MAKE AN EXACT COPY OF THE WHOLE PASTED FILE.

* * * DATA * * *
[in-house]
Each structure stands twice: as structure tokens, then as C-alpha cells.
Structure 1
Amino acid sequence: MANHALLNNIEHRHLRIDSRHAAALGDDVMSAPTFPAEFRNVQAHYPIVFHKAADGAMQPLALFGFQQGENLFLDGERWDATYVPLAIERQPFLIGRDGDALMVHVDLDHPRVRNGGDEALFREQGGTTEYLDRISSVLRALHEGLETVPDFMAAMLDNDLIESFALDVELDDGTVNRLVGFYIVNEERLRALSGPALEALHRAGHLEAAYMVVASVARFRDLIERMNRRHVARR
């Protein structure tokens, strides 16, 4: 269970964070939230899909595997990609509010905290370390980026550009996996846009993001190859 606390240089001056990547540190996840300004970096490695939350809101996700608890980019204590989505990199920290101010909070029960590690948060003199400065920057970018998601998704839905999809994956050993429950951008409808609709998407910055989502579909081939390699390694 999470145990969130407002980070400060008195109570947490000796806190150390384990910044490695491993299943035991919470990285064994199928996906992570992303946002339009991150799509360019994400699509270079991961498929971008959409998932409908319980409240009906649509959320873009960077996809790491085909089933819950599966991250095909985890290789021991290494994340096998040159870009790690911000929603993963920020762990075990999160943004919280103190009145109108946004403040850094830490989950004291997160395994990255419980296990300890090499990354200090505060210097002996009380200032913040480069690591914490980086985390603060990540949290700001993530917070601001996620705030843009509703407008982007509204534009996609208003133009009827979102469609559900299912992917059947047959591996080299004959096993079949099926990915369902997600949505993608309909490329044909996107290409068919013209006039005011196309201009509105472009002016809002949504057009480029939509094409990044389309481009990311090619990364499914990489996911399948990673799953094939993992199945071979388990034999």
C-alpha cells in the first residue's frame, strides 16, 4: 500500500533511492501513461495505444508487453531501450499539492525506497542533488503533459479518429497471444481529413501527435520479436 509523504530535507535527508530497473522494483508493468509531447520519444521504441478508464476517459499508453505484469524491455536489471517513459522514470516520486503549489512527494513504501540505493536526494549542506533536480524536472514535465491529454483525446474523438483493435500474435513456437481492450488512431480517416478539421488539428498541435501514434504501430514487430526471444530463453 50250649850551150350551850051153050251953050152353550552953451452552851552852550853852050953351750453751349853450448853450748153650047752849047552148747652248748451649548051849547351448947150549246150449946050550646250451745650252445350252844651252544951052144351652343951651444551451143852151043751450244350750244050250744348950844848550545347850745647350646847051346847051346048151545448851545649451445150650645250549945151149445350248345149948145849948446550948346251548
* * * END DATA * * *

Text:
[in-house]
Each structure stands twice: as structure tokens, then as C-alpha cells.
Structure 1
Amino acid sequence: MANHALLNNIEHRHLRIDSRHAAALGDDVMSAPTFPAEFRNVQAHYPIVFHKAADGAMQPLALFGFQQGENLFLDGERWDATYVPLAIERQPFLIGRDGDALMVHVDLDHPRVRNGGDEALFREQGGTTEYLDRISSVLRALHEGLETVPDFMAAMLDNDLIESFALDVELDDGTVNRLVGFYIVNEERLRALSGPALEALHRAGHLEAAYMVVASVARFRDLIERMNRRHVARR
């Protein structure tokens, strides 16, 4: 269970964070939230899909595997990609509010905290370390980026550009996996846009993001190859 606390240089001056990547540190996840300004970096490695939350809101996700608890980019204590989505990199920290101010909070029960590690948060003199400065920057970018998601998704839905999809994956050993429950951008409808609709998407910055989502579909081939390699390694 999470145990969130407002980070400060008195109570947490000796806190150390384990910044490695491993299943035991919470990285064994199928996906992570992303946002339009991150799509360019994400699509270079991961498929971008959409998932409908319980409240009906649509959320873009960077996809790491085909089933819950599966991250095909985890290789021991290494994340096998040159870009790690911000929603993963920020762990075990999160943004919280103190009145109108946004403040850094830490989950004291997160395994990255419980296990300890090499990354200090505060210097002996009380200032913040480069690591914490980086985390603060990540949290700001993530917070601001996620705030843009509703407008982007509204534009996609208003133009009827979102469609559900299912992917059947047959591996080299004959096993079949099926990915369902997600949505993608309909490329044909996107290409068919013209006039005011196309201009509105472009002016809002949504057009480029939509094409990044389309481009990311090619990364499914990489996911399948990673799953094939993992199945071979388990034999």
C-alpha cells in the first residue's frame, strides 16, 4: 500500500533511492501513461495505444508487453531501450499539492525506497542533488503533459479518429497471444481529413501527435520479436 509523504530535507535527508530497473522494483508493468509531447520519444521504441478508464476517459499508453505484469524491455536489471517513459522514470516520486503549489512527494513504501540505493536526494549542506533536480524536472514535465491529454483525446474523438483493435500474435513456437481492450488512431480517416478539421488539428498541435501514434504501430514487430526471444530463453 50250649850551150350551850051153050251953050152353550552953451452552851552852550853852050953351750453751349853450448853450748153650047752849047552148747652248748451649548051849547351448947150549246150449946050550646250451745650252445350252844651252544951052144351652343951651444551451143852151043751450244350750244050250744348950844848550545347850745647350646847051346847051346048151545448851545649451445150650645250549945151149445350248345149948145849948446550948346251548